GUYOT environnement – Team Europe has reached Cape Town and brought the yacht safely back to port after the suspension of the third leg of The Ocean Race. The crew experienced four days of tension after delamination of a hull bottom panel was detected 600 nautical miles from Cape Town in the Southern Ocean. With careful sailing through initially heavy seas and later shallow water, and with a makeshift repair, they managed to return to port without outside help. In the meantime, the yacht has been craned out of the water so that investigations and the drawing up of a repair plan can begin. Meanwhile, the sailing crew is already looking ahead, formulating the firm intention to return to the race with full power.
In the middle of the night on Sunday, crew and yacht were met by the shore crew at the pontoon in Cape Town. And after docking, no time was lost. Immediately, preparations began so that the yacht could be craned at 8am on Sunday morning as scheduled. Now the damaged area will be opened and the rest of the hull will be subjected to NDT (non-destructive testing). After that, the repair plan can be designed.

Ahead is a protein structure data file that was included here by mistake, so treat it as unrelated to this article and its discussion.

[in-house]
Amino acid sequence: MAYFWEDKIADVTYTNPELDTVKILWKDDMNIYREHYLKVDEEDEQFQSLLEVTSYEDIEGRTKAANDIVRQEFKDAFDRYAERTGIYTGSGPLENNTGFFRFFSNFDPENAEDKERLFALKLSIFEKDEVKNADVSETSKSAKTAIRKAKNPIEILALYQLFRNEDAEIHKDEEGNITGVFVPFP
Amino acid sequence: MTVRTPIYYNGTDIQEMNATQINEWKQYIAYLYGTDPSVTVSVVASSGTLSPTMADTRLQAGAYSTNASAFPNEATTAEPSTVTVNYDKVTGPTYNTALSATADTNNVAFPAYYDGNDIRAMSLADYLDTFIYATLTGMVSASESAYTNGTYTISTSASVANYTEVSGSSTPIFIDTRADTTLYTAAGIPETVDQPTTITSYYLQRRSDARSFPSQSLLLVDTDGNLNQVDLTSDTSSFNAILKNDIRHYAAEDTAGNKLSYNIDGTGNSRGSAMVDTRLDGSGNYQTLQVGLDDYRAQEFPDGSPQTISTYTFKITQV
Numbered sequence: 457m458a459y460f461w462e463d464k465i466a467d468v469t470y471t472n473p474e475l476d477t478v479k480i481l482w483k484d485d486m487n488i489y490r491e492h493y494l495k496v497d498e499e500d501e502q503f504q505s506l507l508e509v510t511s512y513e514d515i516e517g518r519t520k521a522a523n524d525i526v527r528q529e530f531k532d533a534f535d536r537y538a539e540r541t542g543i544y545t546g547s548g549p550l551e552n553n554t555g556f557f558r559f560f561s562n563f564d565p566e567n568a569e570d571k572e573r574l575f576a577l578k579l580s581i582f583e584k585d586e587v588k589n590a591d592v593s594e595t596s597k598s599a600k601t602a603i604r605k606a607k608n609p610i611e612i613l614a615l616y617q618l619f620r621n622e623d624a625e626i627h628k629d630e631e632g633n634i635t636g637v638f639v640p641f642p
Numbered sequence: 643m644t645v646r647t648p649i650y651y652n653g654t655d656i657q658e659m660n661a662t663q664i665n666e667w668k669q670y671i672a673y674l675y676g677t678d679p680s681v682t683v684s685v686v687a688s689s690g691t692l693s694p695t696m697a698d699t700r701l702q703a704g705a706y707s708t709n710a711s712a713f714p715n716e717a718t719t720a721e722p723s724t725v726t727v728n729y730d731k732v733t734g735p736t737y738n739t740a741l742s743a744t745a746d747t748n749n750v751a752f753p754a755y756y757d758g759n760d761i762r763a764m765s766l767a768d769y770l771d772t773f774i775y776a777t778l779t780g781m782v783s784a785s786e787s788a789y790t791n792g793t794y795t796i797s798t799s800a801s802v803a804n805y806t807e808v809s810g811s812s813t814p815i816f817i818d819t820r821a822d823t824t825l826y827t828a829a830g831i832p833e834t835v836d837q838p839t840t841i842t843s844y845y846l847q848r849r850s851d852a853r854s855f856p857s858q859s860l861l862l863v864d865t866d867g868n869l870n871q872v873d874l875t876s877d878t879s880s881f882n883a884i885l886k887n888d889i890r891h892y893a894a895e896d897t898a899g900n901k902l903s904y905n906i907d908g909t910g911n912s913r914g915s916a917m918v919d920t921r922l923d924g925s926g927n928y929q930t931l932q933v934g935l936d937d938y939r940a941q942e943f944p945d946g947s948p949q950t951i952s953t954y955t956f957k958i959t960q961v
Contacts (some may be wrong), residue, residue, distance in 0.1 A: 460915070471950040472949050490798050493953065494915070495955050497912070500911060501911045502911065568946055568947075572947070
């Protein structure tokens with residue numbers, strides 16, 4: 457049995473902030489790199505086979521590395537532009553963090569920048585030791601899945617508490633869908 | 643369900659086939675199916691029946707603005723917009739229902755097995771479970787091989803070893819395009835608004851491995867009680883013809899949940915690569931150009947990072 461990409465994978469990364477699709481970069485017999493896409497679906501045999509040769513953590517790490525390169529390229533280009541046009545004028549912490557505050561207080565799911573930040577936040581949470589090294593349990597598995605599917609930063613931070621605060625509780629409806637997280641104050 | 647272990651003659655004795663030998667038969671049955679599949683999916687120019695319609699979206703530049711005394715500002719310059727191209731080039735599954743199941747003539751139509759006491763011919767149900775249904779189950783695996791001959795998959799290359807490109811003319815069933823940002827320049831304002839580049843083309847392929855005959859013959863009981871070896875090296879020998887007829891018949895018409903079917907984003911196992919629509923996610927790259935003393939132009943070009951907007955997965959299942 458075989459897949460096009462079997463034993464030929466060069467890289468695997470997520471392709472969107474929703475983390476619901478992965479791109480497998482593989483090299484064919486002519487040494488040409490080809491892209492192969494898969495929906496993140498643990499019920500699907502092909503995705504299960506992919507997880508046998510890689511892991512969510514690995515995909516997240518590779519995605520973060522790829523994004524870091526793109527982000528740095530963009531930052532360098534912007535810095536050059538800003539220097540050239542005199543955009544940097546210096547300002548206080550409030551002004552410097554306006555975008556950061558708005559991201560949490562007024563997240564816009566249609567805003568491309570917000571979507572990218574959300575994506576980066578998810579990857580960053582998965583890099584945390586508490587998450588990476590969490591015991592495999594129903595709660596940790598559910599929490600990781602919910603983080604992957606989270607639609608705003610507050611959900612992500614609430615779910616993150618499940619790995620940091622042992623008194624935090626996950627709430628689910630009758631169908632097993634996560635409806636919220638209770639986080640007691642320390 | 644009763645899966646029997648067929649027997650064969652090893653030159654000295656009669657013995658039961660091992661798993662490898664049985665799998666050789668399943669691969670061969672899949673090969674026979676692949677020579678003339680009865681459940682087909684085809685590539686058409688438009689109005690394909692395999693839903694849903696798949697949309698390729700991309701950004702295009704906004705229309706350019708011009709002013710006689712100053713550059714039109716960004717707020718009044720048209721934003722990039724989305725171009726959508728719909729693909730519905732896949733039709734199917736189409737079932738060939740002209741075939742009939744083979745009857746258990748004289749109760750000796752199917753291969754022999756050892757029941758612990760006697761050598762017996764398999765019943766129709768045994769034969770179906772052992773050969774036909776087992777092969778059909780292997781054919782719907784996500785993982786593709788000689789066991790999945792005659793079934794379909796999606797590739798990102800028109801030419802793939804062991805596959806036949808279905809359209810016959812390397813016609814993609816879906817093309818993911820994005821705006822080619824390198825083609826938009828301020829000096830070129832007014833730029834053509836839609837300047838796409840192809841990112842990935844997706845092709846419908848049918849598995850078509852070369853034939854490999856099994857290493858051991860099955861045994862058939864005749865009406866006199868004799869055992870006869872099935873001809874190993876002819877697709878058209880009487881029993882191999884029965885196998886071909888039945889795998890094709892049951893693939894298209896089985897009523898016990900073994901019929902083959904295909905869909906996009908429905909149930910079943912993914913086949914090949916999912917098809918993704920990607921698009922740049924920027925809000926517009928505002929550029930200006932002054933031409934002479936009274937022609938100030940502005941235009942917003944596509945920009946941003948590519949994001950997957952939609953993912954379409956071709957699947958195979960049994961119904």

Meanwhile, the sailing team is drawing up the plan for the next stages. A re-entry into the third leg of The Ocean Race is very unlikely, even with a very quick repair. With the late arrival in Itajaí/Brazil, there would be no time to lift the yacht out of the water after the gruelling journey through the Southern Ocean.
“We want to join the fleet in Itajaí as soon as possible,” says skipper Benjamin Dutreux. “We are happy that the team was expecting us here. Everyone wants the boat back in the water as soon as possible. We now have to wait for the investigations and see how long the repairs will take.” It was a long return to Cape Town as the situation meant it was not possible to go faster than ten knots.
Looking back to the moment when the damage was registered, co-skipper Robert Stanjek once again explains the drama of the situation: “We also have to speak of luck that it happened to us at that time. A few days later, in the middle of the Southern Ocean, there would hardly have been a chance to turn back. Now we would have even been within helicopter range. It was spooky to see the movements of the ground on an area of two square metres. When that opens up, it’s hard to get the ship dry.” Now, however, the focus is on the future: “We briefly thought about returning to the leg. But that is unrealistic. We are now planning the next legs from Itajaí. The entire team pool wants to put itself at the service of the best performance. First of all, we have to put together a crossing crew for Brazil. The crossing will take 12 to 16 days. After that, it is a matter of getting the best out of the race that is still possible. We still want to show that we can perform.”